Given the success in Scotland of posing class questions in a national frame, some are now exploring whether a similar project can emerge in England. This is difficult territory: the work required to detach English nationalism from its racialised moorings in Empire is significant. Can the recovery of the history of the Levellers, for example, really gain the traction required to dislodge the extant hegemony of nationalist hostility to migration? The claim made long ago by EP Thompson, and more recently Billy Bragg, that these radical traditions can be appropriated for the present fails to reckon with two centuries of imperial history and the accompanying racialisation of a nationalism that has embedded itself within parts (although by no means all) of the working class.  The problem, then, is not one of greater English propensity to racism (attitudes remain broadly similar in Scotland on these questions), but, rather, the historical formation of the two nationalisms: though both have been constituted within Empire, one (the Scottish variant) is now characterised by a significant though incomplete opposition to that history, or rather, an erasure and occlusion of that history, whilst the other remains indistinguishable from it. This dissimilar relationality to British nationalism is key to understanding the progressive potentials of both English and Scottish nationalism. It is perhaps also worth stating that any unravelling of the British state would likely coincide with the formation of an English left nationalist project. Englishness is already the dominant (though by no means sole) manifestation of British nationalism, and this will surely only soon be consolidated at the institutional and political levels by the formation of an English state and English parliament. The racializing capacities of English populism need to be contended with, not ignored.
Could English left populism remain distinct from and untainted by these broader currents? I remain unconvinced. Alternatively, can the left in England build something that rejects the terrain of the nation altogether, yet simultaneously ‘coincides and identifies’, as Gramsci put it, with people’s existing conceptions of the world? Satnam Virdee’s book provides insights into how anti-racist working class struggles were forged in previous historical conjunctures. These will not translate directly into the present, but perhaps there is a key theoretical and strategic lesson to be taken on board. The struggles that prefigured the formation of sustained periods of antisystemic collective action had very specific origins: the London Matchgirls Strike of 1888 and the Grunwick Strike of 1976-1978, though separated by nearly a century, were both the product of what Virdee calls ‘racialized outsiders’ (in these cases, Irish Catholic girls and South-Asian women). The precursor to the emergence of universalising class struggles, then, was the mobilisation of very particular experiences of racialized exclusion and class exploitation. It was the fusion of such experiences that proved crucial for the deepening of the struggle for social justice for all. Where are the sources of hope today? Where can the elementary forms of a counter hegemony that might potentially unfold into something wider be located? Campaigns around housing and migrant struggles may be crucial. The question, however, is not ‘what should the left do’, but ‘what can the left learn’ from these forms of resistance? It is time to enter a period of significant reflection, a ‘necessary detour’, and this may mean facing up to uncomfortable realities.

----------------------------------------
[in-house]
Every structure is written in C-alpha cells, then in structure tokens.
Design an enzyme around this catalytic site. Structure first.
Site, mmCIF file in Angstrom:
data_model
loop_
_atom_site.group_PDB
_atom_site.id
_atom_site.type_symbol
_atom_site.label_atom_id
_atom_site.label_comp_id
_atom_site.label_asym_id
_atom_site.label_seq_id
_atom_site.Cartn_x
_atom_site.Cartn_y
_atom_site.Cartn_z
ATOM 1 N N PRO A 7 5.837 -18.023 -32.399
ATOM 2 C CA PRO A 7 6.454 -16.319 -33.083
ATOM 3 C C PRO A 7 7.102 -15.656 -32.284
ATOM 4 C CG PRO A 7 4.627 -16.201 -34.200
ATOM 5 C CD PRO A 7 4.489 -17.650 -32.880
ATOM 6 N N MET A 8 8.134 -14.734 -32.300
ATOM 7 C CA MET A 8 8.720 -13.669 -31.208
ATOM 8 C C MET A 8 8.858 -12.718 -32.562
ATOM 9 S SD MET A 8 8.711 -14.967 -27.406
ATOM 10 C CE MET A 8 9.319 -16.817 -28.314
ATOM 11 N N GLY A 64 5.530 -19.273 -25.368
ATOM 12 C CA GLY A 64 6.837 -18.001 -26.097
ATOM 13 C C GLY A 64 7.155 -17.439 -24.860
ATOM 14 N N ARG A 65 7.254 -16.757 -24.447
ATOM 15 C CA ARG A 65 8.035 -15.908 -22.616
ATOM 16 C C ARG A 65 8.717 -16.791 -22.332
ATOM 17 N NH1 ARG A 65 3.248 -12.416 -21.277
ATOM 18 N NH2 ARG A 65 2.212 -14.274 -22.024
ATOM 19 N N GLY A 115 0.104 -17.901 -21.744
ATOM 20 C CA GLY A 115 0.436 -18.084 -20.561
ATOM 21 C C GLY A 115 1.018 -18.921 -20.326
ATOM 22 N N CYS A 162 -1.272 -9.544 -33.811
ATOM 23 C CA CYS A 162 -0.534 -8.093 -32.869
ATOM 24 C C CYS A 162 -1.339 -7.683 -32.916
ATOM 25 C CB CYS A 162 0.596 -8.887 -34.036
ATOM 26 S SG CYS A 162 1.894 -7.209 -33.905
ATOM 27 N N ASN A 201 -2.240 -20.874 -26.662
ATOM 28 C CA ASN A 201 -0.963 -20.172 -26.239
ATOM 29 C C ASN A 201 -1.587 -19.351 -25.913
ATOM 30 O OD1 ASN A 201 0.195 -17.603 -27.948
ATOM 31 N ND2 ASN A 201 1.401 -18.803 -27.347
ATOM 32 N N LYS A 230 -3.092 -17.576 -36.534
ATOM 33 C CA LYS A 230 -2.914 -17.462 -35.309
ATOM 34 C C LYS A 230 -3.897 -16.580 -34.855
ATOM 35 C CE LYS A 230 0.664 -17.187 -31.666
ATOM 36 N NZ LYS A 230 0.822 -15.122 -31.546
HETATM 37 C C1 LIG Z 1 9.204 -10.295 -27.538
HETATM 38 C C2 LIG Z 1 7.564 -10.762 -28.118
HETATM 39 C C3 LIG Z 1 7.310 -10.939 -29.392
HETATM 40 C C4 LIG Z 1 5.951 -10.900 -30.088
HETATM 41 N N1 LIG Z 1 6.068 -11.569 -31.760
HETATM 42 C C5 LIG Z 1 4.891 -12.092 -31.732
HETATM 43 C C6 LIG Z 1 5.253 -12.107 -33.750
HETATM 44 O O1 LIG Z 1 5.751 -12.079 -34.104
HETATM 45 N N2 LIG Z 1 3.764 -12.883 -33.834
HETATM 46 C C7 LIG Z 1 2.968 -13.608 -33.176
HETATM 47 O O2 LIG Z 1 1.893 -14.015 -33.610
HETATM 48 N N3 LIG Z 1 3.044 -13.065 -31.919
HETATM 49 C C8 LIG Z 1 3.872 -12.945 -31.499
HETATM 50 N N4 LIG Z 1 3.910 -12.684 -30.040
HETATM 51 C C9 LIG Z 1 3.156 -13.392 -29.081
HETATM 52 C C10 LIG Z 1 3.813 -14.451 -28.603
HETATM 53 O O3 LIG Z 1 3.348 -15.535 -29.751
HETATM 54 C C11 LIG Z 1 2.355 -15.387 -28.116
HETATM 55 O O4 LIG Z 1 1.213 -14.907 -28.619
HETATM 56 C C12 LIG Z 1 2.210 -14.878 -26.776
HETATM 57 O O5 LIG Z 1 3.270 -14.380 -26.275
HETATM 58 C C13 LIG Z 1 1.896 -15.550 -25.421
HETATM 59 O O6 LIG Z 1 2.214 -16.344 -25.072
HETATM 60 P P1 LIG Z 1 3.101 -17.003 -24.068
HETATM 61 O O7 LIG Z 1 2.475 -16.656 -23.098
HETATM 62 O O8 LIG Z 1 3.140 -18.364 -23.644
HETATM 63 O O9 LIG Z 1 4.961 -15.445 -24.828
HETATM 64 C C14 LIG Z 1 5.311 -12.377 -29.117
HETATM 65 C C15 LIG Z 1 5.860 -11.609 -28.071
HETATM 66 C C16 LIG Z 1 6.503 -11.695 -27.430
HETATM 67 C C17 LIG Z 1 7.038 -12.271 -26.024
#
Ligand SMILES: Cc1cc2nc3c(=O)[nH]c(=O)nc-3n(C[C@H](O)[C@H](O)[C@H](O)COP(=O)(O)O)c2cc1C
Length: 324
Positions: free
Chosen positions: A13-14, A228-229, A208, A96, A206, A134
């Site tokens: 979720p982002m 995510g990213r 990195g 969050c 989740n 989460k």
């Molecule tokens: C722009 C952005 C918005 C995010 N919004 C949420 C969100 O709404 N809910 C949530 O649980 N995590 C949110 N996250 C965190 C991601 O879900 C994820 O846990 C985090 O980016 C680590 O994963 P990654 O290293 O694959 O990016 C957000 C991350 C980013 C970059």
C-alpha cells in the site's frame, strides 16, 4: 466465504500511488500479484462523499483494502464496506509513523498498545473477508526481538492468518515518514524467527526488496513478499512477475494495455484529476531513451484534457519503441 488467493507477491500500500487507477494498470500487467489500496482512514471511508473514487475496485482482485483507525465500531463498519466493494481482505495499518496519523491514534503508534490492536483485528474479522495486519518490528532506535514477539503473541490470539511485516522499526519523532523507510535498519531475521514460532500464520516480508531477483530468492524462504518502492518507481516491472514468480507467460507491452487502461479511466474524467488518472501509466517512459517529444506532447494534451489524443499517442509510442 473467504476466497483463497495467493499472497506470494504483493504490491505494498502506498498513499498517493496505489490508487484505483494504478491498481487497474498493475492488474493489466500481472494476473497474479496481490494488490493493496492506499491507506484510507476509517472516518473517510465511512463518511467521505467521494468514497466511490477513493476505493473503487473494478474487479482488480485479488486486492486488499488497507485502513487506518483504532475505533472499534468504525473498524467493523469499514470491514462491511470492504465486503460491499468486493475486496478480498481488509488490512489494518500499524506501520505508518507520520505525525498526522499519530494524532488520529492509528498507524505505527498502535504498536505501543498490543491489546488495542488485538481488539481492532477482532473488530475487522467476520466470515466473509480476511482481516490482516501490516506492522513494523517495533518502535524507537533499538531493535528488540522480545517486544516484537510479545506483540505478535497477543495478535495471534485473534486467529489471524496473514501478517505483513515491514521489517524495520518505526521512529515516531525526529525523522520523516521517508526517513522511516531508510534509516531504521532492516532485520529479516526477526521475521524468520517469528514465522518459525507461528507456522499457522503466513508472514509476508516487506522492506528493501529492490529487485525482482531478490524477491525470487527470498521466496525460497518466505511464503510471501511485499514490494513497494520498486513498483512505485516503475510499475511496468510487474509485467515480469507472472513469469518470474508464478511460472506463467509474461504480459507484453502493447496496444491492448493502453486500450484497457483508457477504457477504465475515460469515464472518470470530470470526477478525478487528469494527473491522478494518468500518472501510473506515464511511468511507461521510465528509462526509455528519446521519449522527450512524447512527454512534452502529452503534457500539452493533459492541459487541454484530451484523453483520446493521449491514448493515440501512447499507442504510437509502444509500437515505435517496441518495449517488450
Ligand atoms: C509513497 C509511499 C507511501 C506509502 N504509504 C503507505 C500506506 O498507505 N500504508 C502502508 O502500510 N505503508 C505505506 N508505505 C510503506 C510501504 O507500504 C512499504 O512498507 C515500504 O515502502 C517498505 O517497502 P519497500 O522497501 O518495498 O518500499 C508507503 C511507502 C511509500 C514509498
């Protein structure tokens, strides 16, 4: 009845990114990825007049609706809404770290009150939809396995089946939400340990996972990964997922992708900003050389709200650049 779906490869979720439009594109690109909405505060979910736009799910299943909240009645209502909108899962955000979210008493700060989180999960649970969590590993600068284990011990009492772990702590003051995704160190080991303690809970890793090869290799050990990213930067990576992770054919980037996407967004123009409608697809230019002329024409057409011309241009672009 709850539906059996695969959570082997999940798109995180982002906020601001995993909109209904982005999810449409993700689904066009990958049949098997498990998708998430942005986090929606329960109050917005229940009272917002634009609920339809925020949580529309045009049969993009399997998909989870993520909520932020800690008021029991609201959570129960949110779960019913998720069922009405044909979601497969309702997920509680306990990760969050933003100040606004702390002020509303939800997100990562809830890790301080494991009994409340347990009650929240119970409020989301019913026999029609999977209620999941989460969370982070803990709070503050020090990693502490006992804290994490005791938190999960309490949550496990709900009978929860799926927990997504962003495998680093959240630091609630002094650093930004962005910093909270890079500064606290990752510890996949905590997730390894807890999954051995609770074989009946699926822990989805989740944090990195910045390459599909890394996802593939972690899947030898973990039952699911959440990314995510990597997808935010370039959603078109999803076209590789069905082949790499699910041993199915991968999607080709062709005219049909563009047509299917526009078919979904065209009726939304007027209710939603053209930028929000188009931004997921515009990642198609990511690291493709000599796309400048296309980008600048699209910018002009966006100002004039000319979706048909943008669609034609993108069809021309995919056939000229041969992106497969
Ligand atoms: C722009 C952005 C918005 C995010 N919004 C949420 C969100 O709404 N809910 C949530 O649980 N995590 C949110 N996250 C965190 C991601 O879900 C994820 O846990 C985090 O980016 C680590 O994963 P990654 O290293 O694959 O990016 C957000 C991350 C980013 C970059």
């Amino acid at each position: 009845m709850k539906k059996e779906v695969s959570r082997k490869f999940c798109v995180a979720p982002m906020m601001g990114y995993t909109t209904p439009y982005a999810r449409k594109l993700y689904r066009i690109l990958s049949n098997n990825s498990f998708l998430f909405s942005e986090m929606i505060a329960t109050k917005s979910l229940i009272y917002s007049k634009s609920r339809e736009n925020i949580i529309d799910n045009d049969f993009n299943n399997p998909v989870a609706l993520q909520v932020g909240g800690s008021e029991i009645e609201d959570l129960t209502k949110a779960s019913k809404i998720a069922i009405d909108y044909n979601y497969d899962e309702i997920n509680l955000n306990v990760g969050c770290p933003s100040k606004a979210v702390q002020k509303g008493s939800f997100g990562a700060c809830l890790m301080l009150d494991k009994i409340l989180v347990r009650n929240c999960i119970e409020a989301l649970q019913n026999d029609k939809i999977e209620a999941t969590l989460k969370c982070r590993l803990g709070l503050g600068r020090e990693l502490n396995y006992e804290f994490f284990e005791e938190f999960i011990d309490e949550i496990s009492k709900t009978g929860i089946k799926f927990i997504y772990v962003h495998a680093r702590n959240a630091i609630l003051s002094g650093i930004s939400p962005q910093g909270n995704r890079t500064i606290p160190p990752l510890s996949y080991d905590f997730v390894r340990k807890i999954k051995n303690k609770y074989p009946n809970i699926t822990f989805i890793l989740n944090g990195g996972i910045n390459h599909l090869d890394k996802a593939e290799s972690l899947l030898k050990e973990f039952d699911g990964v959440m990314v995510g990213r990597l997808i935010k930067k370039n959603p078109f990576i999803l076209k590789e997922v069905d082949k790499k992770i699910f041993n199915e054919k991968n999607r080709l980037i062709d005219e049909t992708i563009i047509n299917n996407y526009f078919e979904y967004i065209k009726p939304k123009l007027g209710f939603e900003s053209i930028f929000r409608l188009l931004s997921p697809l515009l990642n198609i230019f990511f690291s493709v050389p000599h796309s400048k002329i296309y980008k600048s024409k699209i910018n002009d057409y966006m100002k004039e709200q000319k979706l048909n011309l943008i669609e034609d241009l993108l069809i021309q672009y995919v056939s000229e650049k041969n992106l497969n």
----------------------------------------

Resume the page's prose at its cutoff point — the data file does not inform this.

Brendan McGeever is a Early Career Research Fellow at the Pears Institute for the study of Antisemitism, Birkbeck, University of London. His work focuses on racism, antisemitism and anti-racism.
This article first appeared on the New Left Project website and is part of their series, Race and Class in Britain.
 Hall, S. 1992 ‘Cultural Studies and its Theoretical Legacies’ in Cultural Studies, ed. Grossberg, L., Nelson, C. and Treichler, P. (eds). Routledge, New York, p.283.
 Gramsci, A. 1972. Selections From the Prison Notebooks. Lawrence and Wishart, London, pp.10, 161, 325.
 I owe this point to Satnam Virdee, who convinced me of it during numerous personal correspondences around the time of the Scottish referendum in 2014.
 Virdee, S. Racism, Class and the Racialized Outsider, London, Palgrave Macmillan.
 Gramsci, A. 1972. Selections From the Prison Notebooks. Lawrence and Wishart, London., p.330.